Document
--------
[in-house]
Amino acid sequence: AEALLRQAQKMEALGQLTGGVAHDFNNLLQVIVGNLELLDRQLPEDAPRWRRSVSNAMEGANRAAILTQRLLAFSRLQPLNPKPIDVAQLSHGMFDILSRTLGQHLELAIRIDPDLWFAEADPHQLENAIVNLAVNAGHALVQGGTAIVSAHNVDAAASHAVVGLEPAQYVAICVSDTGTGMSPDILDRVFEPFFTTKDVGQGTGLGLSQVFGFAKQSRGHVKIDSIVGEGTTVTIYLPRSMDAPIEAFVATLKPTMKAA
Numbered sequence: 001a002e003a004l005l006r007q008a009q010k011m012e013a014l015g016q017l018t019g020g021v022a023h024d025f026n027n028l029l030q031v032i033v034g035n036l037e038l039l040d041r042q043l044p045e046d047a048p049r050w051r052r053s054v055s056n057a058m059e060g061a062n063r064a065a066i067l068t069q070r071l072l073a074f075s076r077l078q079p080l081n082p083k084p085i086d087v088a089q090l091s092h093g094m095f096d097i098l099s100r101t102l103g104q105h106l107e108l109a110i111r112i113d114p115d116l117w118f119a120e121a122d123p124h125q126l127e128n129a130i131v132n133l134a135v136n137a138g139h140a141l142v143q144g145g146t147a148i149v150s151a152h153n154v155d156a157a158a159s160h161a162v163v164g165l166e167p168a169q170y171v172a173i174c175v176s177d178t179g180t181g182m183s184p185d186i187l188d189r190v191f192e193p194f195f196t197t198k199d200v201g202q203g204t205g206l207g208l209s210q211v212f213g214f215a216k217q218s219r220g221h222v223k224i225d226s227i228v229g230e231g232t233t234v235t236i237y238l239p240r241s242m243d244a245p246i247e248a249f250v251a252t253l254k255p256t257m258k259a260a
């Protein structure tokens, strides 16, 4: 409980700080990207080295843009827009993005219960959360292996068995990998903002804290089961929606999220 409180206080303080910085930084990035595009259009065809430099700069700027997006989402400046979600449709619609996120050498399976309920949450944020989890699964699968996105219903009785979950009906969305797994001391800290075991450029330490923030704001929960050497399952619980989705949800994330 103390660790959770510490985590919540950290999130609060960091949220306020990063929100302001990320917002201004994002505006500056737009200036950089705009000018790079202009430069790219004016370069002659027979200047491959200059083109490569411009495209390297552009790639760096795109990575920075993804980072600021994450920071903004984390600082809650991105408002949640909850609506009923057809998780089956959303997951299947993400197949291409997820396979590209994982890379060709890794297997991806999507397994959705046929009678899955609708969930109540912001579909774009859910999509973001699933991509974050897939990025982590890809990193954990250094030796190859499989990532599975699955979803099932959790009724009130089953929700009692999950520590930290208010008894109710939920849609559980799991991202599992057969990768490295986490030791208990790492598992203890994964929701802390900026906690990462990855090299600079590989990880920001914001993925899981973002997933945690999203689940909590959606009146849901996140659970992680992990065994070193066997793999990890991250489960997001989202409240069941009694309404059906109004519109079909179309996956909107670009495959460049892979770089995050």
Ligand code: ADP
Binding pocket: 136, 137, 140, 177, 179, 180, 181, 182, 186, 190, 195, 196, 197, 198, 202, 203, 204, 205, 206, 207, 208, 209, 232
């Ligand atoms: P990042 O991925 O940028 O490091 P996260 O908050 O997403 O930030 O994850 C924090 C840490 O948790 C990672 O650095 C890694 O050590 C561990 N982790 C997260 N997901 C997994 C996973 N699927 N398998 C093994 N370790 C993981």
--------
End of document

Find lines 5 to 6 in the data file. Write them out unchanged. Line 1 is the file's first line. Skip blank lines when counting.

Ligand code: ADP
Binding pocket: 136, 137, 140, 177, 179, 180, 181, 182, 186, 190, 195, 196, 197, 198, 202, 203, 204, 205, 206, 207, 208, 209, 232